You shaped her with the insecurities you held since your childhood. Sculpted her with fear and self-doubt. Hand fed her lies about beauty and had the nerve to question why she was broken.

You are to blame for this. You are responsible.

She was born into this world free of care or insecurity. It is our presence, and sometimes our absence, that will influence the way she interacts with the world. How we live our lives will greatly impact the way she treats others, make decisions, but more importantly, how she views herself and her worth.

She will look to you as her teacher.

She will watch you as you make yourself smaller to satisfy the egos of others. She’ll learn that she is considered less than those.

She will watch you as you get dressed in the mirror, rip off the fourth dress you’ve tried on and gripe about how “fat” you are.  She will take notice when you criticize other women for their body, facial features, hair or weight. She will aspire to become everything those women are not, because she has learned that certain standards must be met to be considered beautiful. These are her first introductions to beauty, body image and self-esteem.

What are you teaching her her?

In my time working with young children, I’ve learned that they are mere reflections of their parents. If children use profanity at school, more than likely their parents curse at home. Ask a child who’d they vote for as President and you’re bound to hear their parents' political views. The child simply mirrors the thoughts of their parents. The same can be said for our girls and their views of beauty. The habitual glorification of long legs, light eyes and curvy figures will remain until we make a deliberate effort to deliver a different message and redefine beauty.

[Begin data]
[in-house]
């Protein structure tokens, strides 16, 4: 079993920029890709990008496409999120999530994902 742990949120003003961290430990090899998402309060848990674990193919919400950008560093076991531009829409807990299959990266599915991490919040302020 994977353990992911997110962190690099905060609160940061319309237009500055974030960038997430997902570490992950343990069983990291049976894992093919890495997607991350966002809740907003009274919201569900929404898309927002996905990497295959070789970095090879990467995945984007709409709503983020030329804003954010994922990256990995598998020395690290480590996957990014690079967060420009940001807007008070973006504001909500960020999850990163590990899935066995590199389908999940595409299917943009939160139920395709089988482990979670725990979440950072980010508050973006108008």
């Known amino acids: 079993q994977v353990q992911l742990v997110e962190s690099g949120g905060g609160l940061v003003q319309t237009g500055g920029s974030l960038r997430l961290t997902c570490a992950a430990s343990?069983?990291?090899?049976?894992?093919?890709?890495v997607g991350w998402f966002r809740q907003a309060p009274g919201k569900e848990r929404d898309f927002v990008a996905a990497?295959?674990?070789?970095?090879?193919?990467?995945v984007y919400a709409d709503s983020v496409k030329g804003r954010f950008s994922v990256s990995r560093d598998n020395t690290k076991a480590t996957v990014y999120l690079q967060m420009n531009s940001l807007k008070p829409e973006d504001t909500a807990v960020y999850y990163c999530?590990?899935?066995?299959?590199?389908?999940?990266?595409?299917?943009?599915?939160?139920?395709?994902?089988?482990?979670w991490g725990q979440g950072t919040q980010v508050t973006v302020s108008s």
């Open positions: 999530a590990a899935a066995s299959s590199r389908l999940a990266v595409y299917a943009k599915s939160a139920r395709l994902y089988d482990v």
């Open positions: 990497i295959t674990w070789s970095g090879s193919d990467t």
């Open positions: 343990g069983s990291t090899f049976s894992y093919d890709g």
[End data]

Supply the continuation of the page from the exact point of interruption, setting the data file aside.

The definition of beauty changes when we compliment random women on the street. The definition of beauty changes when we stand up for women who are belittled for their body type. The definition of beauty changes when we remind our girls how beautiful they are without “enhancements” from makeup, push-up bras, or spanks. The definition of beauty changes when girls cease to hear us degrade our own bodies with comments like “I’m too fat” or “I need a nose job.”  

Our girls learn to be compassionate toward their bodies when we begin to model it for them. 

You are her teacher. Ask yourself, what lesson are you teaching her?

Redefine Enough. Redefine Beauty.

Photo via Davia Roberts

Photo via Davia Roberts

About the author: Davia Roberts

"When my kindergarten teacher asked, 'What do you want to be when you grow up?' I was thinking along the lines of a singer, not a therapist.  Thankfully, I realized that I had other talents and enjoyed helping students.

After working in the public school system, I decided to pursue a counseling degree in hopes of helping my students with more personal concerns.  As a licensed therapist, my interests have widenedfrom school age children to adults, with a strong focus on women.

While collaborating with women, I'venoticed a common theme of perfectionism... the desire to be the perfect mother, wife, daughter, employee, or student.  It is my hope for women to redefine what it means to 'be enough' in their lives."

Jane Claire HerveyComment